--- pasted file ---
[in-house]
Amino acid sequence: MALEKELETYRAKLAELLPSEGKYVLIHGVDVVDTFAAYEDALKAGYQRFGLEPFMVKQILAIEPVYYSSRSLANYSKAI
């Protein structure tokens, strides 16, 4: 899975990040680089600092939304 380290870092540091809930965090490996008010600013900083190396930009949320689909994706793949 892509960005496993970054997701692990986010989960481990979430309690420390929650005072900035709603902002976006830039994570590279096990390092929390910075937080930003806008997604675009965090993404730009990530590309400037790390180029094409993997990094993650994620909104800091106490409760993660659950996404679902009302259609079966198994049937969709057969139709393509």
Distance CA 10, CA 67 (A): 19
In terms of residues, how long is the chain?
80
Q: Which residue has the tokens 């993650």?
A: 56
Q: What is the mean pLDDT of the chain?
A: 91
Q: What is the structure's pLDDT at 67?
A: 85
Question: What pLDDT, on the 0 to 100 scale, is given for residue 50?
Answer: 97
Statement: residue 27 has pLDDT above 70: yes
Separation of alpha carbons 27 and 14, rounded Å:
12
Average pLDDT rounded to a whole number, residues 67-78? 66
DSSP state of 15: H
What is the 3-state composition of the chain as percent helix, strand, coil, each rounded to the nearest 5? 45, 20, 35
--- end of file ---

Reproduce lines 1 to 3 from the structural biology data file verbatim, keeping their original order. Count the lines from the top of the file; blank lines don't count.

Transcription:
[in-house]
Amino acid sequence: MALEKELETYRAKLAELLPSEGKYVLIHGVDVVDTFAAYEDALKAGYQRFGLEPFMVKQILAIEPVYYSSRSLANYSKAI
């Protein structure tokens, strides 16, 4: 899975990040680089600092939304 380290870092540091809930965090490996008010600013900083190396930009949320689909994706793949 892509960005496993970054997701692990986010989960481990979430309690420390929650005072900035709603902002976006830039994570590279096990390092929390910075937080930003806008997604675009965090993404730009990530590309400037790390180029094409993997990094993650994620909104800091106490409760993660659950996404679902009302259609079966198994049937969709057969139709393509």